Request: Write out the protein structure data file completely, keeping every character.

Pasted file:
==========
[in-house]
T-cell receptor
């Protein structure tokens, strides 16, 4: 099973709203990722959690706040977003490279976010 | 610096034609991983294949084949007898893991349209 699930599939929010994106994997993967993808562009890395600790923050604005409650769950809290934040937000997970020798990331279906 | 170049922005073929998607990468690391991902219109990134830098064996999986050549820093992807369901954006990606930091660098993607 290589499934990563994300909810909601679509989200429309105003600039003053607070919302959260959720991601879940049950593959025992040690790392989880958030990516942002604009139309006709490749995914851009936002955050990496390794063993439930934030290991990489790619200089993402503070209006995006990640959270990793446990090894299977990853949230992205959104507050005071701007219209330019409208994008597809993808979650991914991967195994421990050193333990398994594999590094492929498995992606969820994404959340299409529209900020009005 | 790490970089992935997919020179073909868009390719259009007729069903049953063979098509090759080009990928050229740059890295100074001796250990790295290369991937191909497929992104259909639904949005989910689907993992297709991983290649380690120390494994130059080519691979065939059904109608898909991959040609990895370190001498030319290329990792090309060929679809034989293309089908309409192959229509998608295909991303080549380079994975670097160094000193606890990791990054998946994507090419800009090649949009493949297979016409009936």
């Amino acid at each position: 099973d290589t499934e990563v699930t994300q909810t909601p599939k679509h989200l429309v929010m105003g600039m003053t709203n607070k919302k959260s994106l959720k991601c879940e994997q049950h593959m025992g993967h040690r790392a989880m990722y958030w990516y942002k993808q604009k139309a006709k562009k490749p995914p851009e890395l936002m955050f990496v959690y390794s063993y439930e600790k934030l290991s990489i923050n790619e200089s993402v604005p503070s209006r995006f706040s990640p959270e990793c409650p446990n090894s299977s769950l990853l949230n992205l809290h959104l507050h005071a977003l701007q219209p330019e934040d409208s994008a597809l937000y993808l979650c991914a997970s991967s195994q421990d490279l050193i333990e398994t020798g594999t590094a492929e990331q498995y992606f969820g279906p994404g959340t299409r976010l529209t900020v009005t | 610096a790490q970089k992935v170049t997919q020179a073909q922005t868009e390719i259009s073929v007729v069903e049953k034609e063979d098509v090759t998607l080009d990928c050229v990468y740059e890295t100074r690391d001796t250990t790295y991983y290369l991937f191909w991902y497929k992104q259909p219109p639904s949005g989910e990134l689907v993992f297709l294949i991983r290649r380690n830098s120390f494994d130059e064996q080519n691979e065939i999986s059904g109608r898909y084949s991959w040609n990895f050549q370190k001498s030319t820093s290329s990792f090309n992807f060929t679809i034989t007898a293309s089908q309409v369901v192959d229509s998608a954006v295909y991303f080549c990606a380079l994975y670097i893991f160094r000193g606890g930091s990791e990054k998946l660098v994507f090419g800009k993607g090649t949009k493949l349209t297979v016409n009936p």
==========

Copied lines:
[in-house]
T-cell receptor
């Protein structure tokens, strides 16, 4: 099973709203990722959690706040977003490279976010 | 610096034609991983294949084949007898893991349209 699930599939929010994106994997993967993808562009890395600790923050604005409650769950809290934040937000997970020798990331279906 | 170049922005073929998607990468690391991902219109990134830098064996999986050549820093992807369901954006990606930091660098993607 290589499934990563994300909810909601679509989200429309105003600039003053607070919302959260959720991601879940049950593959025992040690790392989880958030990516942002604009139309006709490749995914851009936002955050990496390794063993439930934030290991990489790619200089993402503070209006995006990640959270990793446990090894299977990853949230992205959104507050005071701007219209330019409208994008597809993808979650991914991967195994421990050193333990398994594999590094492929498995992606969820994404959340299409529209900020009005 | 790490970089992935997919020179073909868009390719259009007729069903049953063979098509090759080009990928050229740059890295100074001796250990790295290369991937191909497929992104259909639904949005989910689907993992297709991983290649380690120390494994130059080519691979065939059904109608898909991959040609990895370190001498030319290329990792090309060929679809034989293309089908309409192959229509998608295909991303080549380079994975670097160094000193606890990791990054998946994507090419800009090649949009493949297979016409009936």
């Amino acid at each position: 099973d290589t499934e990563v699930t994300q909810t909601p599939k679509h989200l429309v929010m105003g600039m003053t709203n607070k919302k959260s994106l959720k991601c879940e994997q049950h593959m025992g993967h040690r790392a989880m990722y958030w990516y942002k993808q604009k139309a006709k562009k490749p995914p851009e890395l936002m955050f990496v959690y390794s063993y439930e600790k934030l290991s990489i923050n790619e200089s993402v604005p503070s209006r995006f706040s990640p959270e990793c409650p446990n090894s299977s769950l990853l949230n992205l809290h959104l507050h005071a977003l701007q219209p330019e934040d409208s994008a597809l937000y993808l979650c991914a997970s991967s195994q421990d490279l050193i333990e398994t020798g594999t590094a492929e990331q498995y992606f969820g279906p994404g959340t299409r976010l529209t900020v009005t | 610096a790490q970089k992935v170049t997919q020179a073909q922005t868009e390719i259009s073929v007729v069903e049953k034609e063979d098509v090759t998607l080009d990928c050229v990468y740059e890295t100074r690391d001796t250990t790295y991983y290369l991937f191909w991902y497929k992104q259909p219109p639904s949005g989910e990134l689907v993992f297709l294949i991983r290649r380690n830098s120390f494994d130059e064996q080519n691979e065939i999986s059904g109608r898909y084949s991959w040609n990895f050549q370190k001498s030319t820093s290329s990792f090309n992807f060929t679809i034989t007898a293309s089908q309409v369901v192959d229509s998608a954006v295909y991303f080549c990606a380079l994975y670097i893991f160094r000193g606890g930091s990791e990054k998946l660098v994507f090419g800009k993607g090649t949009k493949l349209t297979v016409n009936p």